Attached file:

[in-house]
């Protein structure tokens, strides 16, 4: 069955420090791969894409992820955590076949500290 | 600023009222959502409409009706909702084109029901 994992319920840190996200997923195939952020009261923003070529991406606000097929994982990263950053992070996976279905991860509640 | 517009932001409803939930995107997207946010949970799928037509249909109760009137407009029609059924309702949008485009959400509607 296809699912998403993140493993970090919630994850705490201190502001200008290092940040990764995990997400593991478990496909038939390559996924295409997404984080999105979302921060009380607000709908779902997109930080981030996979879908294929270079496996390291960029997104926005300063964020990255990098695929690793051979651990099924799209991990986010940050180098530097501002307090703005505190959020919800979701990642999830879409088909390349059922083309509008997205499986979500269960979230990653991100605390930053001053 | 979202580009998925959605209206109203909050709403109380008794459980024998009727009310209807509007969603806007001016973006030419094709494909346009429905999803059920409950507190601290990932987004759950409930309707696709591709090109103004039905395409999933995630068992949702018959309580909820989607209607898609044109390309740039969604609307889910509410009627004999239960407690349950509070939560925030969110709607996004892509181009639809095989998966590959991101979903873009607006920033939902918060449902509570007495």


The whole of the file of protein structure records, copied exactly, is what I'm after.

[in-house]
């Protein structure tokens, strides 16, 4: 069955420090791969894409992820955590076949500290 | 600023009222959502409409009706909702084109029901 994992319920840190996200997923195939952020009261923003070529991406606000097929994982990263950053992070996976279905991860509640 | 517009932001409803939930995107997207946010949970799928037509249909109760009137407009029609059924309702949008485009959400509607 296809699912998403993140493993970090919630994850705490201190502001200008290092940040990764995990997400593991478990496909038939390559996924295409997404984080999105979302921060009380607000709908779902997109930080981030996979879908294929270079496996390291960029997104926005300063964020990255990098695929690793051979651990099924799209991990986010940050180098530097501002307090703005505190959020919800979701990642999830879409088909390349059922083309509008997205499986979500269960979230990653991100605390930053001053 | 979202580009998925959605209206109203909050709403109380008794459980024998009727009310209807509007969603806007001016973006030419094709494909346009429905999803059920409950507190601290990932987004759950409930309707696709591709090109103004039905395409999933995630068992949702018959309580909820989607209607898609044109390309740039969604609307889910509410009627004999239960407690349950509070939560925030969110709607996004892509181009639809095989998966590959991101979903873009607006920033939902918060449902509570007495």